Do you know what the most popular book in the world is? It’s not The Hunger Games – it’s not even Harry Potter. It’s the Bible. And while plenty of people have read it, it’s still quite the undertaking, with its 1,189 chapters. If you’re interested in the context but not all the copy, there is a digital solution at your fingertips: The Twible.
Author Jana Riess first got the idea to write The Twible: All the Chapters of the Bible in 140 Characters or Less four years ago when she was looking up a piece of information in the Bible and found that there were many parts of it she didn’t know much about – and considering she had gone to divinity school, that was quite a realization for her.
“I was also interested in ways that people were creatively using social media. A professor I knew had tweeted a course on the world religions, with each religion presented in 140 characters or less. So I thought, why not tweet the Bible?,” says Riess. “I had tried reading the Bible from cover to cover several times without success. But would it turn out differently if I read the Bible in community this time, and tried to find some humor in it? In approaching the Bible, I wanted to imagine what The Onion might say about it.”
Riess set out to convert all 1,189 lengthy and sometimes-overly-wordy chapters of the Bible – which she believes a lot of people are intimidated by – into shorter, more manageable summaries using Twitter and the @TheTwible handle. She decided to throw in humorous references to pop culture and current events to appeal and reel in an audience that’s used to watching celebrity tweet wars and Instagrams.
Of choosing Twitter, Riess says she wanted to choose the platform of the people, a rather biblical tradition. “For centuries, people have sought to present the Bible using the media of their own age. In the 1500s, it was a Bible in the language of the people; in the 1950s, it was the Bible on the silver screen. Today, the language of Twitter speaks to who we are,” Riess explains. “The medium is brief, yes, and I can understand when people worry aloud about us having some sort of national attention deficit disorder. But I think such people might be underestimating the value of social media. Twitter is a fascinating means of understanding the Bible because it is by nature communal and interactive – as the Bible itself should be communal and interactive.”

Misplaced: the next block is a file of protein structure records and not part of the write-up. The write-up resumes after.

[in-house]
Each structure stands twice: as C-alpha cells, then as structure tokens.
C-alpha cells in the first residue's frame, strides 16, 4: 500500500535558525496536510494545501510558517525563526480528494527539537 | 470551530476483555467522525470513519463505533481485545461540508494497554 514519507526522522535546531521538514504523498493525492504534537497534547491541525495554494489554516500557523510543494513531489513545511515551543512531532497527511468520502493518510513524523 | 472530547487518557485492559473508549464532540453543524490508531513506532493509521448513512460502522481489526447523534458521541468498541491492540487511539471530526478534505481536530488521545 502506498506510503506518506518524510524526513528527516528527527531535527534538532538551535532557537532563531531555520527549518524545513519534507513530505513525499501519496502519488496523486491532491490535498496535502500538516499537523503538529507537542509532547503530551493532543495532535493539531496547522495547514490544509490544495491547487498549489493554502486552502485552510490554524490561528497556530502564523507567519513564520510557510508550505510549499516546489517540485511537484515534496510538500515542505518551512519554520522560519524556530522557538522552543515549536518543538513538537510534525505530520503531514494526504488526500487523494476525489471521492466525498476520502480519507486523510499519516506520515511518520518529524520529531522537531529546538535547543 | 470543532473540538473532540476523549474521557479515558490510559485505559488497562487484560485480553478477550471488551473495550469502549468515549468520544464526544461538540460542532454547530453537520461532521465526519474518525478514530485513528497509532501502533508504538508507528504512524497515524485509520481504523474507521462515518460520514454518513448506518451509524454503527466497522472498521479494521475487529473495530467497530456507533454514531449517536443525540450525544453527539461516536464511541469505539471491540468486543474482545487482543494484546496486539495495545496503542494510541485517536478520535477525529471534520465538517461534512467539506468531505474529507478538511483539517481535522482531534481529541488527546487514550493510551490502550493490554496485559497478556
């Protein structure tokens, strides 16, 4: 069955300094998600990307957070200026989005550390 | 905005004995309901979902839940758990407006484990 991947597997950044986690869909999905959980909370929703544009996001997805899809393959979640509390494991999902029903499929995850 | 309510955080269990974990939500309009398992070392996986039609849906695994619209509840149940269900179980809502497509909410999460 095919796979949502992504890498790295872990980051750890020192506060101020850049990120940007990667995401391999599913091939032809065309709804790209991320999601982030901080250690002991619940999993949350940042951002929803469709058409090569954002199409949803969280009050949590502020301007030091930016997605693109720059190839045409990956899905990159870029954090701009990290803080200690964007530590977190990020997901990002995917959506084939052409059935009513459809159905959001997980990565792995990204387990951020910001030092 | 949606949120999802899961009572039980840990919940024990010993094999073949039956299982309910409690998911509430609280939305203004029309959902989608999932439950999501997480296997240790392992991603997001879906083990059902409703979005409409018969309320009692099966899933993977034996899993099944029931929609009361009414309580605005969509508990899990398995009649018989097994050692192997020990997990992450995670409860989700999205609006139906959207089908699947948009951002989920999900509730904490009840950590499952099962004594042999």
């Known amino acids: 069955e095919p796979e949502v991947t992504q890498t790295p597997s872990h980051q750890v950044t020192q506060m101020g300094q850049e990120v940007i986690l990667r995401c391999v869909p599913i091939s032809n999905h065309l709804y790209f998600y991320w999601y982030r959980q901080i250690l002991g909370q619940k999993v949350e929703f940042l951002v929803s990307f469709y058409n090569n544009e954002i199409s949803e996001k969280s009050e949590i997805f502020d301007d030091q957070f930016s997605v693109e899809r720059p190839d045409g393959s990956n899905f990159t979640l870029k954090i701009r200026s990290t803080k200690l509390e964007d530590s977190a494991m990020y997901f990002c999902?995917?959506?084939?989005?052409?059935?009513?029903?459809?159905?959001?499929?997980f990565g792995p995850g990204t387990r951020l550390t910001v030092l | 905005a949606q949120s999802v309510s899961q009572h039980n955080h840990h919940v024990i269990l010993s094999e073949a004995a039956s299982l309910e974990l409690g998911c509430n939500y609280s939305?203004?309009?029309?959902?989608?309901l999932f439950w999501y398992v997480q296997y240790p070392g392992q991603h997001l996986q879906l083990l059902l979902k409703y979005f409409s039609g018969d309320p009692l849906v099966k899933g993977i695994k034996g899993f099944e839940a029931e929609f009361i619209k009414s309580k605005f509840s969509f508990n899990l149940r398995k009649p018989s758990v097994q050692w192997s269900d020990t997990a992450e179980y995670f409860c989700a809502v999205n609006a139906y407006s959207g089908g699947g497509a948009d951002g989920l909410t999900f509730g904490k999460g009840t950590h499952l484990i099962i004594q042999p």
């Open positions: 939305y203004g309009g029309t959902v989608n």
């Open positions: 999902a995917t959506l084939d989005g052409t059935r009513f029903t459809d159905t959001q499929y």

The project has garnered a steady amount of recognition during the four years Riess spent tweeting for it – she has received tons of retweets from people who found her summaries funny or interesting, and even hate mail from the more conservative readers saying she’d go to hell for producing such a book. But that hardly deterred Riess; she says she loves the community aspect of Twitter and has even included some suggestions made by her followers on the site in the final version of the book.
“So far, most of the people who have responded have been more on the religious end of the spectrum—they’re generally thoughtful Christians and Jews with a healthy sense of humor,” she shares. “I’d love to hear from more non-religious people. I did have a terrific endorsement from Hemant Mehta [The Friendly Atheist on Patheos.com], who said he would not object if The Twible was in every hotel room. That made me laugh out loud.”
The Twible’s languaging is current, funny, and easy-to-read. However, Riess shares that she had to go through a massive number of Bible versions in order to effectively translate the text into tweets. “During most of the time I was tweeting the Bible, I worked for a publishing house with a wonderful line in biblical studies and I could get the books at half off. So I went a little crazy with commentaries,” she says. One of the books she used was Eugene Peterson’s The Message, which she describes as “a fresh, opinionated, and colloquial translation” that helped her understand more of the psychology and emotions of the biblical characters. Other references she used include the New Revised Standard Version (NRSV), the New International Version (NIV), and the King James Version (KJV).
Here are a couple of snippets of Bible chapters from the KJV, followed by their Twible translations:
5 – Neither shall thy name any more be called Abram, but thy name shall be Abraham; for a father of many nations have I made thee.
10 – This is my covenant, which ye shall keep, between me and you and thy seed after thee; Every man child among you shall be circumcised.
11 – And ye shall circumcise the flesh of your foreskin; and it shall be a token of the covenant betwixt me and you.
#Twible Gen 17: Abram now Abraham. G was clearly not thinking ahead re: Twitter character count. Name longer; foreskin snipped. A tradeoff.
— Jana Riess/Twible (@janariess) May 25, 2013
15 – And if a man lie with a beast, he shall surely be put to death: and ye shall slay the beast.